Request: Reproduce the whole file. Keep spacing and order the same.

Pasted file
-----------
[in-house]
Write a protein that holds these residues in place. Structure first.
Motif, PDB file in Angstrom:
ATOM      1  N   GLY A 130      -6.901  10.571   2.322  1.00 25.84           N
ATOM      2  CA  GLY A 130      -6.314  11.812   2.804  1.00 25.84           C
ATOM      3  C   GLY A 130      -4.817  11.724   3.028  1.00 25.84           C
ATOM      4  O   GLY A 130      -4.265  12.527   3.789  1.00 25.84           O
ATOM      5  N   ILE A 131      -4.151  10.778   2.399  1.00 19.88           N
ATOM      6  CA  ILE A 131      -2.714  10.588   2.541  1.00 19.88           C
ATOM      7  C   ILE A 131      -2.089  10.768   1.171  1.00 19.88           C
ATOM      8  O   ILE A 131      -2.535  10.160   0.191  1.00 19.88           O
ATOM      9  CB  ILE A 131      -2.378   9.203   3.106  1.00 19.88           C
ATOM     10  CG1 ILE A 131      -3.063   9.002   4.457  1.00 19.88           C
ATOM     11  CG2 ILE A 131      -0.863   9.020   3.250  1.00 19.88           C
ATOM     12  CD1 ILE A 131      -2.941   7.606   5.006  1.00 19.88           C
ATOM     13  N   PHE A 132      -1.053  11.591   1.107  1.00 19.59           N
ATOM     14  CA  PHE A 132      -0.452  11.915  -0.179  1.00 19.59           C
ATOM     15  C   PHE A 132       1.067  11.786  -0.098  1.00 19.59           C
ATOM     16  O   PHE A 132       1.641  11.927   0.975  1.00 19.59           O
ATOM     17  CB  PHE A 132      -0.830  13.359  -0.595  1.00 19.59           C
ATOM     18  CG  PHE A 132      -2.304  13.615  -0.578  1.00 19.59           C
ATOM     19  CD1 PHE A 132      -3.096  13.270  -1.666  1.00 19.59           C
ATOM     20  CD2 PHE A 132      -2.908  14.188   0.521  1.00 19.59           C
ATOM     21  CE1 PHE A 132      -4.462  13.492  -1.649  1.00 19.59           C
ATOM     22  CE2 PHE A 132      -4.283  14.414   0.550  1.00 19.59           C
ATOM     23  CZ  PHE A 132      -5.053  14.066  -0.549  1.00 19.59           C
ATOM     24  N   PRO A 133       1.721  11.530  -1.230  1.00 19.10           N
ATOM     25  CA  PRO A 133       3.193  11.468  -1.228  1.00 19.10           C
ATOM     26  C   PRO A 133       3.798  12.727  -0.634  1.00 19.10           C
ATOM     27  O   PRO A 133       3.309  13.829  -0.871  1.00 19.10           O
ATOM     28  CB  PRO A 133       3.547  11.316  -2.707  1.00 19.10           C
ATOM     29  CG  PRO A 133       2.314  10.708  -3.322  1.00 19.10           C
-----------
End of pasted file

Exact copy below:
[in-house]
Write a protein that holds these residues in place. Structure first.
Motif, PDB file in Angstrom:
ATOM      1  N   GLY A 130      -6.901  10.571   2.322  1.00 25.84           N
ATOM      2  CA  GLY A 130      -6.314  11.812   2.804  1.00 25.84           C
ATOM      3  C   GLY A 130      -4.817  11.724   3.028  1.00 25.84           C
ATOM      4  O   GLY A 130      -4.265  12.527   3.789  1.00 25.84           O
ATOM      5  N   ILE A 131      -4.151  10.778   2.399  1.00 19.88           N
ATOM      6  CA  ILE A 131      -2.714  10.588   2.541  1.00 19.88           C
ATOM      7  C   ILE A 131      -2.089  10.768   1.171  1.00 19.88           C
ATOM      8  O   ILE A 131      -2.535  10.160   0.191  1.00 19.88           O
ATOM      9  CB  ILE A 131      -2.378   9.203   3.106  1.00 19.88           C
ATOM     10  CG1 ILE A 131      -3.063   9.002   4.457  1.00 19.88           C
ATOM     11  CG2 ILE A 131      -0.863   9.020   3.250  1.00 19.88           C
ATOM     12  CD1 ILE A 131      -2.941   7.606   5.006  1.00 19.88           C
ATOM     13  N   PHE A 132      -1.053  11.591   1.107  1.00 19.59           N
ATOM     14  CA  PHE A 132      -0.452  11.915  -0.179  1.00 19.59           C
ATOM     15  C   PHE A 132       1.067  11.786  -0.098  1.00 19.59           C
ATOM     16  O   PHE A 132       1.641  11.927   0.975  1.00 19.59           O
ATOM     17  CB  PHE A 132      -0.830  13.359  -0.595  1.00 19.59           C
ATOM     18  CG  PHE A 132      -2.304  13.615  -0.578  1.00 19.59           C
ATOM     19  CD1 PHE A 132      -3.096  13.270  -1.666  1.00 19.59           C
ATOM     20  CD2 PHE A 132      -2.908  14.188   0.521  1.00 19.59           C
ATOM     21  CE1 PHE A 132      -4.462  13.492  -1.649  1.00 19.59           C
ATOM     22  CE2 PHE A 132      -4.283  14.414   0.550  1.00 19.59           C
ATOM     23  CZ  PHE A 132      -5.053  14.066  -0.549  1.00 19.59           C
ATOM     24  N   PRO A 133       1.721  11.530  -1.230  1.00 19.10           N
ATOM     25  CA  PRO A 133       3.193  11.468  -1.228  1.00 19.10           C
ATOM     26  C   PRO A 133       3.798  12.727  -0.634  1.00 19.10           C
ATOM     27  O   PRO A 133       3.309  13.829  -0.871  1.00 19.10           O
ATOM     28  CB  PRO A 133       3.547  11.316  -2.707  1.00 19.10           C
ATOM     29  CG  PRO A 133       2.314  10.708  -3.322  1.00 19.10           C